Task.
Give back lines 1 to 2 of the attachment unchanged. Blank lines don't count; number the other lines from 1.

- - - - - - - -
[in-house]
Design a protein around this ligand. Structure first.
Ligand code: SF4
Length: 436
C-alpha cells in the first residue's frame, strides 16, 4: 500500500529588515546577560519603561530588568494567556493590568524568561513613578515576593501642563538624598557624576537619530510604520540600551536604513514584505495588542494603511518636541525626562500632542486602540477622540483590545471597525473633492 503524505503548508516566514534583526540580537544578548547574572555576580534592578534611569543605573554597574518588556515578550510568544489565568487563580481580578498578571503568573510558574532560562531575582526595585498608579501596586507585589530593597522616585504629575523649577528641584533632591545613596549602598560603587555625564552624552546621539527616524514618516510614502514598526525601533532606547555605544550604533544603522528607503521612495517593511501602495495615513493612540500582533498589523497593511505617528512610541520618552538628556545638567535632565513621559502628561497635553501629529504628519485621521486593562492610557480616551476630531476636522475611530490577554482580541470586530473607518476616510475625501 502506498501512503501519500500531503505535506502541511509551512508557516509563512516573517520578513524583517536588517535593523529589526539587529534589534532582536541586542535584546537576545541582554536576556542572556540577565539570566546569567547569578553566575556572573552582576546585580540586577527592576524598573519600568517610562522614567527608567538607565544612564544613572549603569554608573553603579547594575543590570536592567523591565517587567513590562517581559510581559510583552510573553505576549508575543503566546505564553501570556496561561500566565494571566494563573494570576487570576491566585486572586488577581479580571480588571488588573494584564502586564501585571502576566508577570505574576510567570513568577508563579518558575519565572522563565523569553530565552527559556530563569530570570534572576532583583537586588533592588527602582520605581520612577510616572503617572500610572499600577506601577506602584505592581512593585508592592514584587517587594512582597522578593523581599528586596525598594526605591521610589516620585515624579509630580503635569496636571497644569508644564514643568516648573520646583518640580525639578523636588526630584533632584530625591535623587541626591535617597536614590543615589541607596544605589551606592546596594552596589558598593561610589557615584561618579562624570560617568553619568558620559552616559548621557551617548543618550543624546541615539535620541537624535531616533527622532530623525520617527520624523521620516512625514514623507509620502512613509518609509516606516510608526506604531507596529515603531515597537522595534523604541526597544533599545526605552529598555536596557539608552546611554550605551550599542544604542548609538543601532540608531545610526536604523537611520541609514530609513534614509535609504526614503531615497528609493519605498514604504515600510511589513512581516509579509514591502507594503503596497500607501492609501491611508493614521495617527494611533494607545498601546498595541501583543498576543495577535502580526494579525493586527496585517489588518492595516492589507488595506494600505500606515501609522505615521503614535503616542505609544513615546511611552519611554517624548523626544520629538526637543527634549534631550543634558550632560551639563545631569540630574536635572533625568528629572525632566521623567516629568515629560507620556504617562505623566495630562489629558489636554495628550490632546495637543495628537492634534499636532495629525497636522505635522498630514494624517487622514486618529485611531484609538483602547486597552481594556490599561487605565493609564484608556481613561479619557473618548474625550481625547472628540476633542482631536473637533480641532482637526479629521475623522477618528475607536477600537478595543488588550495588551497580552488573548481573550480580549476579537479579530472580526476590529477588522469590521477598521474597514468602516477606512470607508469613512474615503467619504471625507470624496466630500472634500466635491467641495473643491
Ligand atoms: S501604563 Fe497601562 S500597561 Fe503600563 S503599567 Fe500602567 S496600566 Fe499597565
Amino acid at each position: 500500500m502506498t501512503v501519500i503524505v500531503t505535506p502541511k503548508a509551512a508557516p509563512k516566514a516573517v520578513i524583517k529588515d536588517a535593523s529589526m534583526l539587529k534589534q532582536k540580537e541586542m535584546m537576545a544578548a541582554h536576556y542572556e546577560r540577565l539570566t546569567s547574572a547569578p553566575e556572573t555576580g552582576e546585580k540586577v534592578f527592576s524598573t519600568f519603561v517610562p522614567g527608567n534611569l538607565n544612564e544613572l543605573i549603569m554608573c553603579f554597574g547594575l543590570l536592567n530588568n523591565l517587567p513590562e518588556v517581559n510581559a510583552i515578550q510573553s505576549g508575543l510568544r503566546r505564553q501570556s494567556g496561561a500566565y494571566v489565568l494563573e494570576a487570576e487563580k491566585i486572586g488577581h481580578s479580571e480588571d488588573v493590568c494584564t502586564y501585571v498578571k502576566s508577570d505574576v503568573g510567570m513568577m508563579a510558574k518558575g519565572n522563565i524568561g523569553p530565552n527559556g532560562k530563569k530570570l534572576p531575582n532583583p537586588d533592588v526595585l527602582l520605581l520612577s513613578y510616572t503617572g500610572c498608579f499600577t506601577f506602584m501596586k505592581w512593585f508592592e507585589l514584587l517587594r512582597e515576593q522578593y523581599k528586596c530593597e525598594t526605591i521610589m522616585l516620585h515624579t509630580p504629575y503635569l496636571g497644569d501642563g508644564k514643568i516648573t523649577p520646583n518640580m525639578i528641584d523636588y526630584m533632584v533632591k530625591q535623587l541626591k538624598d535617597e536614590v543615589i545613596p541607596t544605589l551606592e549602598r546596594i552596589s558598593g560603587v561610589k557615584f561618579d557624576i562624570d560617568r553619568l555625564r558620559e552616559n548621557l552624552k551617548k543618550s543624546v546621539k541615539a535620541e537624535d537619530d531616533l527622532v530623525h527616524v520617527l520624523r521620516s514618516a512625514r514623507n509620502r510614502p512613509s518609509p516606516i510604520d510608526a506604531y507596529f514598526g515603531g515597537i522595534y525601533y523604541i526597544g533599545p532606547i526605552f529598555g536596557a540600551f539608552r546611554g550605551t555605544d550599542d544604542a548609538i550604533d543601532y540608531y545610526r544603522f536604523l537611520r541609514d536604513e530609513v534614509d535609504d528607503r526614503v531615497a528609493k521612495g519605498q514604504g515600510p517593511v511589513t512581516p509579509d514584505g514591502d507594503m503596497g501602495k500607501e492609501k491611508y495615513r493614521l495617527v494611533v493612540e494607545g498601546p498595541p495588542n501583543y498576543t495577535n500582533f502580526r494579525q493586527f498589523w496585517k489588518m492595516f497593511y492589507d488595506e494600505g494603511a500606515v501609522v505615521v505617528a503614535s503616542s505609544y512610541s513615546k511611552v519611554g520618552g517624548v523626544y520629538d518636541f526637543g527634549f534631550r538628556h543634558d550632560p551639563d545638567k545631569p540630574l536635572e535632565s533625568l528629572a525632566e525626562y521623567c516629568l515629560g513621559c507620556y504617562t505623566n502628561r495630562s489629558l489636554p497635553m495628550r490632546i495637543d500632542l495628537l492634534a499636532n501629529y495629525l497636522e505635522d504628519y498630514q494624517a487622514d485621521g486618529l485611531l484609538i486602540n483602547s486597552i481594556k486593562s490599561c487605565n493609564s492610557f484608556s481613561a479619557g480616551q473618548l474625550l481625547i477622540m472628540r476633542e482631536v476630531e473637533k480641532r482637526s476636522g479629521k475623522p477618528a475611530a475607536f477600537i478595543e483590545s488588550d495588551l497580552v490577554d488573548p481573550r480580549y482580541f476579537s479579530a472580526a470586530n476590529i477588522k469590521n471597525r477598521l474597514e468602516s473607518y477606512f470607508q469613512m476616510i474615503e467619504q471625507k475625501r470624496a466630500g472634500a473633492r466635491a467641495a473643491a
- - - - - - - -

[in-house]
Design a protein around this ligand. Structure first.